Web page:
Cay have had a bit of a rough ride of late, having being dropped by their label and then losing two founder members of the band, and when they took to the main stage in torrential rain in front of a couple of hundred punters at most, their subdued mood can hardly have been lifted. I did get the impression that the band were rather going through the motions, and they lacked the explosive energy that characterised last year's gigs, but their set was still a short, sharp reminder of how brilliant they are. All the tracks from 'Nature Creates Freaks' were lean and mean, and for the first time I found myself enjoying new single 'Ressurexit'. The new members of the band fitted in well too, and hopefully this isn't going to be the last we'll hear of Cay. They deserve so much more, and their must be labels out there who agree.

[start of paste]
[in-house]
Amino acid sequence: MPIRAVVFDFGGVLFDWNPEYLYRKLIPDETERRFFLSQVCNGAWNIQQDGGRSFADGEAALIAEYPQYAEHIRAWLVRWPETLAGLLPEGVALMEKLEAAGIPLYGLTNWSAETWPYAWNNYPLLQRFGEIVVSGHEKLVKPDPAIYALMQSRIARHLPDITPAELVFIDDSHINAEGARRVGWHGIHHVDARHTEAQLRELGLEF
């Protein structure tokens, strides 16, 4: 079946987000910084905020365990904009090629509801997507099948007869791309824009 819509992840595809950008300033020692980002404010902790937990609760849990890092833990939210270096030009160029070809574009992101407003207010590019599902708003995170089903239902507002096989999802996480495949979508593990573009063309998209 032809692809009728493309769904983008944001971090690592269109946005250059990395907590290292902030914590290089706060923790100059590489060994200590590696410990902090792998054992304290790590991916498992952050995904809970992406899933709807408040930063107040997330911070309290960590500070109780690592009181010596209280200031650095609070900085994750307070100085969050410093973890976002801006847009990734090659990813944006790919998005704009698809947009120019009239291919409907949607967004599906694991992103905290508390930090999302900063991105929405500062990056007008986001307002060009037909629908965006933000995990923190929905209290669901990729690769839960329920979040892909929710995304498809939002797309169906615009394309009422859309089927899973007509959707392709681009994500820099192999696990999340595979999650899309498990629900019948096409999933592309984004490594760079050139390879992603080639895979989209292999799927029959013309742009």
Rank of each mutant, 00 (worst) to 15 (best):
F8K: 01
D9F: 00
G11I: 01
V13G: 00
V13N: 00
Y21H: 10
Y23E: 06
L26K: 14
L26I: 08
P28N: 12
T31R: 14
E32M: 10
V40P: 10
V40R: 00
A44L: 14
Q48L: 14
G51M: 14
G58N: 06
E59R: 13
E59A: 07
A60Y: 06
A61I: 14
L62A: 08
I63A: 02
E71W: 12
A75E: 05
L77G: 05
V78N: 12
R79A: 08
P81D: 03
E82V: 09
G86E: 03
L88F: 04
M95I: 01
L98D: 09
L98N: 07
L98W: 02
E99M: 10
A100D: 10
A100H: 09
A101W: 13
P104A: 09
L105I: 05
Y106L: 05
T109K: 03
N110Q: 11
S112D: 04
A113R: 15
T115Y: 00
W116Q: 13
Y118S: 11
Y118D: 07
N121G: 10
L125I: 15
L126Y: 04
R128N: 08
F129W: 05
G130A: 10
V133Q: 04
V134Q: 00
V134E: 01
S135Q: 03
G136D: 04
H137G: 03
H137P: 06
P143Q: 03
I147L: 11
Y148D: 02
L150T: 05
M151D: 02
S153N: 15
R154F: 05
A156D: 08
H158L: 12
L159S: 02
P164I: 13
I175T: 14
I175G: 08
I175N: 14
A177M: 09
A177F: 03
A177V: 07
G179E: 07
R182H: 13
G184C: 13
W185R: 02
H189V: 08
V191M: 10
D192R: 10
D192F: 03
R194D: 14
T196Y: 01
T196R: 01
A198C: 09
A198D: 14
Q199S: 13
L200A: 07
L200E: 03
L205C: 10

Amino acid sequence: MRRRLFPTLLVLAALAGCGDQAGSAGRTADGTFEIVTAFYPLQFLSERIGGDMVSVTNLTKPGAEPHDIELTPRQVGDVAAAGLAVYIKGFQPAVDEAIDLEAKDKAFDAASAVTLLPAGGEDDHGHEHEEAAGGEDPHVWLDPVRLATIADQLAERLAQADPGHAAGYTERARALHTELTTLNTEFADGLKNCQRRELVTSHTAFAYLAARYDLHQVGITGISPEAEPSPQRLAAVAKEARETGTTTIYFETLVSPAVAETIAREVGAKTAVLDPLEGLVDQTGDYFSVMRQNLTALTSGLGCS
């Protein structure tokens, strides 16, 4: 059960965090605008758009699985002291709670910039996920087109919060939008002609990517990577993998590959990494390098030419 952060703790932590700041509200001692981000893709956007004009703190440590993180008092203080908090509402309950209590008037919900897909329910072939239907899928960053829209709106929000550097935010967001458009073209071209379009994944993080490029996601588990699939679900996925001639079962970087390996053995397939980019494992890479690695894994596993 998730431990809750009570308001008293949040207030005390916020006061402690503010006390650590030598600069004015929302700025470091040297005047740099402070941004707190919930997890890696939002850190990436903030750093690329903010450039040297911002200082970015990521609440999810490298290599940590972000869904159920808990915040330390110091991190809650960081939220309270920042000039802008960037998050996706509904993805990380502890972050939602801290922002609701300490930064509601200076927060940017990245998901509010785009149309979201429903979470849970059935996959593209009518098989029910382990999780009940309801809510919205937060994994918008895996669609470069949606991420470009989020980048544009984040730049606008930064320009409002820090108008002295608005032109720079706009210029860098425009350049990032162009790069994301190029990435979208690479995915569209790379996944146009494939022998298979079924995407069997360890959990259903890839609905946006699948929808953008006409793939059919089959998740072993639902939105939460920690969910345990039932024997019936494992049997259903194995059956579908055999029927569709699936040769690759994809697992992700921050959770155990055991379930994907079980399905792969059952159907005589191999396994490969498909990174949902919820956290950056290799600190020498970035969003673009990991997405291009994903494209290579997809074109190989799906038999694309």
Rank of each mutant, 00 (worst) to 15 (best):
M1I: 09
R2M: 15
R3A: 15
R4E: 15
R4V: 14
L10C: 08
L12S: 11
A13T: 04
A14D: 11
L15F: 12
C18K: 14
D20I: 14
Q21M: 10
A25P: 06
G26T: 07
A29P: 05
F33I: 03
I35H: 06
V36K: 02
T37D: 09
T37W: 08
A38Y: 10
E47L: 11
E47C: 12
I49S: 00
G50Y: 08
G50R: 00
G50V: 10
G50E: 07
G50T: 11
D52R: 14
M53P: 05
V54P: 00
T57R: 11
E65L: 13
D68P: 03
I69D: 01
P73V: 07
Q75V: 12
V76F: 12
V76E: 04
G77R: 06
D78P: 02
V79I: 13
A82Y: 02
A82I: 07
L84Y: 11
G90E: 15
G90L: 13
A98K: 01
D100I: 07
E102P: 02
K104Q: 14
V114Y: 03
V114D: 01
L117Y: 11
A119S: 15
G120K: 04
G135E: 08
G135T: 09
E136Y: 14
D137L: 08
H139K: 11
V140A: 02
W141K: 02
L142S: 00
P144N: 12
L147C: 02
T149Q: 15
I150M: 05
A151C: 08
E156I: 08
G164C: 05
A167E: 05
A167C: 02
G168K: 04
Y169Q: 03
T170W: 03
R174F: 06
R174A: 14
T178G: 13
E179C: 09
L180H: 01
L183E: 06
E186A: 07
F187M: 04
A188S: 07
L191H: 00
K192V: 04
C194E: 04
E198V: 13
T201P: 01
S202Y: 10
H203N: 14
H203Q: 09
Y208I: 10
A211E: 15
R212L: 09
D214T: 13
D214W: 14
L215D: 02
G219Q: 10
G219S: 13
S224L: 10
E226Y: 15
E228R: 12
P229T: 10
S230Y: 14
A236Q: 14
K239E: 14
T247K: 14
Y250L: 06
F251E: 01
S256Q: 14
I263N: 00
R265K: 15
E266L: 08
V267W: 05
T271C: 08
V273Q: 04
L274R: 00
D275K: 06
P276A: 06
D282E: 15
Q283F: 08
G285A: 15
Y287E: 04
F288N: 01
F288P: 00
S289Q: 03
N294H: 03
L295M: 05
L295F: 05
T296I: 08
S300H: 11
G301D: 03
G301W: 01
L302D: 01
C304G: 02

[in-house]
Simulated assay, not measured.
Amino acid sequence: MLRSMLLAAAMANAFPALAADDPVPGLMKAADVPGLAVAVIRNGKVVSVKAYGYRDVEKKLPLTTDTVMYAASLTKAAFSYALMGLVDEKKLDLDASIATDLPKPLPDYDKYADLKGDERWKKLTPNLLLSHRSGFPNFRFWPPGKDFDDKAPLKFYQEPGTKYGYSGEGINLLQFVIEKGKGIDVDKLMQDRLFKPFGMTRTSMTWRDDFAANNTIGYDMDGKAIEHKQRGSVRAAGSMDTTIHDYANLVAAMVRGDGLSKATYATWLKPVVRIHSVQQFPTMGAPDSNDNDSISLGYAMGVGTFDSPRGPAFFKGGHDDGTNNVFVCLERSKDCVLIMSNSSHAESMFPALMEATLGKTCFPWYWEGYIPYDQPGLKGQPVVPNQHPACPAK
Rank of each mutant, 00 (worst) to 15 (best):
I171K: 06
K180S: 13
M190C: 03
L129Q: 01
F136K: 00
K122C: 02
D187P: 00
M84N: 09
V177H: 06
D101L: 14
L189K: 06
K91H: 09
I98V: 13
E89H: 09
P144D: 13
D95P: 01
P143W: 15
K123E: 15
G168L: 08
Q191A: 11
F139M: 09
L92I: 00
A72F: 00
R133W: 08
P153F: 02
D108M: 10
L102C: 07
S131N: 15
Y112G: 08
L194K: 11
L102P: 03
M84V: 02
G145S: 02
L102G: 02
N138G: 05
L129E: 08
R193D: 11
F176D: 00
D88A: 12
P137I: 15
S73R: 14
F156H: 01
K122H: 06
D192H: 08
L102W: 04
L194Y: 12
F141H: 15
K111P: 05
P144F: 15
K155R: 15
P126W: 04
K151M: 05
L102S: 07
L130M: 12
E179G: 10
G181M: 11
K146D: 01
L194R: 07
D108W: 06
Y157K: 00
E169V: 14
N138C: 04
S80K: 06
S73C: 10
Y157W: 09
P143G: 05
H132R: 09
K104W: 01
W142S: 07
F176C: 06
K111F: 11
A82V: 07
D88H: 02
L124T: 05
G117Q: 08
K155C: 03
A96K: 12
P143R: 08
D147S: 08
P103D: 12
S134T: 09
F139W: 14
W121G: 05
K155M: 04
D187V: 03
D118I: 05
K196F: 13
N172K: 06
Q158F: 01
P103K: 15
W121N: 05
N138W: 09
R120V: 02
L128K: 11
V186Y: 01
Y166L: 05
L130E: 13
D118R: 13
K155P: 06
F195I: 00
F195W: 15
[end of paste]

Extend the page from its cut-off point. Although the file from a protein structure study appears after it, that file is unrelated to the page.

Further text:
In comparison, The Crocketts were a shambolic blend of kareoke japes, seventies rock and dumb punk. Their foul sense of humour and simplistic music was fun for about fifteen minutes, but I tired of them very quickly. They were generally unfocused and sloppy, and had an obvious lack of quality material. Basically, Cay wiped the floor with them. On the other hand, Terrorvision proved once again that sweaty rock and crowd-pleasing entertainment can be combined to devastating results. I wouldn't touch 'Bradford's finest' on record, but there's no denying their status as the ultimate festival band. They're funny and they rock; what could be better? Tony is a great frontman and it's surprising just how many Terrorvision songs you know. 'Alice, What's The Matter?' was my favourite on the night, with it's dark, gritty riffs and sing-a-long chorus. The band also have enough charm and stage presence to make even brand new songs feel like old favourites. Don't laugh, but Terrorvision may have pulled off the set of the festival.